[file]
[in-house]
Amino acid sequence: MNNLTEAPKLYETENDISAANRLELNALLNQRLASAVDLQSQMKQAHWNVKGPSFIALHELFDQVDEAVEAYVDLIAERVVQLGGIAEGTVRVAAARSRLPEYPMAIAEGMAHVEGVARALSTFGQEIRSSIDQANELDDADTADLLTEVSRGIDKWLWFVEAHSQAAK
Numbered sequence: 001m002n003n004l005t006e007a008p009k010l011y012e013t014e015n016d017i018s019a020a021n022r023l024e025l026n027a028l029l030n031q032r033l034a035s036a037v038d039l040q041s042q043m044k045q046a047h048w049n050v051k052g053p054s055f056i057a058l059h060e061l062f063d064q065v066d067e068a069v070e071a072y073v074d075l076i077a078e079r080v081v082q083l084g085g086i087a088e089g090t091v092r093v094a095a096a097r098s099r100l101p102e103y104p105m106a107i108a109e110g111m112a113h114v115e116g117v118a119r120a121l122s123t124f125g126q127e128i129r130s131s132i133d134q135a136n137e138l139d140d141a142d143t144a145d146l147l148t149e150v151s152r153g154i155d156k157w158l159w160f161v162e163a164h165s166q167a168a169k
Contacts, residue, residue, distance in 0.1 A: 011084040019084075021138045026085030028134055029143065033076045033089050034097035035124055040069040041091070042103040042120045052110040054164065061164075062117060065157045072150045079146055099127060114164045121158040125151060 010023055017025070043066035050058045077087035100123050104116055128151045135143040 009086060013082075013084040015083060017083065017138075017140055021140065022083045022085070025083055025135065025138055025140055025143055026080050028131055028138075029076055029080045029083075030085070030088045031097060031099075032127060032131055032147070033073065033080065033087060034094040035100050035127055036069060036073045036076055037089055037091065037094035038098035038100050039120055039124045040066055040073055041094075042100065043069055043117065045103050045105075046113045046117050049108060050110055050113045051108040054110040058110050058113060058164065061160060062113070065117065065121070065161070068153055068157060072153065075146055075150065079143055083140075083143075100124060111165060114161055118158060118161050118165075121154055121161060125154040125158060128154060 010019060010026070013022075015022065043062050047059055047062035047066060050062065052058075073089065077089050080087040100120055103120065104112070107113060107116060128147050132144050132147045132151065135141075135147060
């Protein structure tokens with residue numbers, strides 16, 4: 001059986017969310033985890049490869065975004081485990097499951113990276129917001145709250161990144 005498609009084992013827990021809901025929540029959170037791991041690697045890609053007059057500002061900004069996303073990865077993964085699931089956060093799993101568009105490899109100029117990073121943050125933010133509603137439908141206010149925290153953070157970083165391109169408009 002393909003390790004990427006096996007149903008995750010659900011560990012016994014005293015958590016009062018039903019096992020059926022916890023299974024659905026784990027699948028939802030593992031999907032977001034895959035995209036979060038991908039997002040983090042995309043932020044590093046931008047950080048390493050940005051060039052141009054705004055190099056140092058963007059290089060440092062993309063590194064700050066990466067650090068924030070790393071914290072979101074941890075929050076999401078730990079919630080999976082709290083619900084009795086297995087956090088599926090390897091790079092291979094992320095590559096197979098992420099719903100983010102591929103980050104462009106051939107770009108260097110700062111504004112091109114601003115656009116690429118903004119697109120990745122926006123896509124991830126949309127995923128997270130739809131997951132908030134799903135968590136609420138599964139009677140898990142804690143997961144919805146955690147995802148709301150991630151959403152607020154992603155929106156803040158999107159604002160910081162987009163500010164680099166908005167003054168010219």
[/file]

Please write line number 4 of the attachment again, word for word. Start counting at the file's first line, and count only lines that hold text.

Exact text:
Contacts, residue, residue, distance in 0.1 A: 011084040019084075021138045026085030028134055029143065033076045033089050034097035035124055040069040041091070042103040042120045052110040054164065061164075062117060065157045072150045079146055099127060114164045121158040125151060 010023055017025070043066035050058045077087035100123050104116055128151045135143040 009086060013082075013084040015083060017083065017138075017140055021140065022083045022085070025083055025135065025138055025140055025143055026080050028131055028138075029076055029080045029083075030085070030088045031097060031099075032127060032131055032147070033073065033080065033087060034094040035100050035127055036069060036073045036076055037089055037091065037094035038098035038100050039120055039124045040066055040073055041094075042100065043069055043117065045103050045105075046113045046117050049108060050110055050113045051108040054110040058110050058113060058164065061160060062113070065117065065121070065161070068153055068157060072153065075146055075150065079143055083140075083143075100124060111165060114161055118158060118161050118165075121154055121161060125154040125158060128154060 010019060010026070013022075015022065043062050047059055047062035047066060050062065052058075073089065077089050080087040100120055103120065104112070107113060107116060128147050132144050132147045132151065135141075135147060